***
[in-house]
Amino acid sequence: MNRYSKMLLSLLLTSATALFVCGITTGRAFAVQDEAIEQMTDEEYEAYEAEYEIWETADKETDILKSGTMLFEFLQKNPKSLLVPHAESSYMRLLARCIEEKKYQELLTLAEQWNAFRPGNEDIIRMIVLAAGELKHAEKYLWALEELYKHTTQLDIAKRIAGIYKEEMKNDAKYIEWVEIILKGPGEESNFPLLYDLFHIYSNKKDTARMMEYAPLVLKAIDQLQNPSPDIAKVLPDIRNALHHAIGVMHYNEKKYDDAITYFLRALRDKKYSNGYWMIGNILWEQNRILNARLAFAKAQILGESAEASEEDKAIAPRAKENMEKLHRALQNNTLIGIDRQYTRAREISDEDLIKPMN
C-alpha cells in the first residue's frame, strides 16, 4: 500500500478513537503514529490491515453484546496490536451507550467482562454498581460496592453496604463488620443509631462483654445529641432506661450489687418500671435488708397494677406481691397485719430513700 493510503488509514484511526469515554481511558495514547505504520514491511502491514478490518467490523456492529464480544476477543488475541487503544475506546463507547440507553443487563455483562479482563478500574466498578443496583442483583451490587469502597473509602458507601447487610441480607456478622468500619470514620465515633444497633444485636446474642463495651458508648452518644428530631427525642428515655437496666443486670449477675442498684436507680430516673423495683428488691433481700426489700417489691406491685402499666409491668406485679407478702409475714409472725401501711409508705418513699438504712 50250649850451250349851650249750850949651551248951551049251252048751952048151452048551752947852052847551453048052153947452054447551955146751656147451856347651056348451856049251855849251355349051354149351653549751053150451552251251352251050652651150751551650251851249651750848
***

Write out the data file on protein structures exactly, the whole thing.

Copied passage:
[in-house]
Amino acid sequence: MNRYSKMLLSLLLTSATALFVCGITTGRAFAVQDEAIEQMTDEEYEAYEAEYEIWETADKETDILKSGTMLFEFLQKNPKSLLVPHAESSYMRLLARCIEEKKYQELLTLAEQWNAFRPGNEDIIRMIVLAAGELKHAEKYLWALEELYKHTTQLDIAKRIAGIYKEEMKNDAKYIEWVEIILKGPGEESNFPLLYDLFHIYSNKKDTARMMEYAPLVLKAIDQLQNPSPDIAKVLPDIRNALHHAIGVMHYNEKKYDDAITYFLRALRDKKYSNGYWMIGNILWEQNRILNARLAFAKAQILGESAEASEEDKAIAPRAKENMEKLHRALQNNTLIGIDRQYTRAREISDEDLIKPMN
C-alpha cells in the first residue's frame, strides 16, 4: 500500500478513537503514529490491515453484546496490536451507550467482562454498581460496592453496604463488620443509631462483654445529641432506661450489687418500671435488708397494677406481691397485719430513700 493510503488509514484511526469515554481511558495514547505504520514491511502491514478490518467490523456492529464480544476477543488475541487503544475506546463507547440507553443487563455483562479482563478500574466498578443496583442483583451490587469502597473509602458507601447487610441480607456478622468500619470514620465515633444497633444485636446474642463495651458508648452518644428530631427525642428515655437496666443486670449477675442498684436507680430516673423495683428488691433481700426489700417489691406491685402499666409491668406485679407478702409475714409472725401501711409508705418513699438504712 50250649850451250349851650249750850949651551248951551049251252048751952048151452048551752947852052847551453048052153947452054447551955146751656147451856347651056348451856049251855849251355349051354149351653549751053150451552251251352251050652651150751551650251851249651750848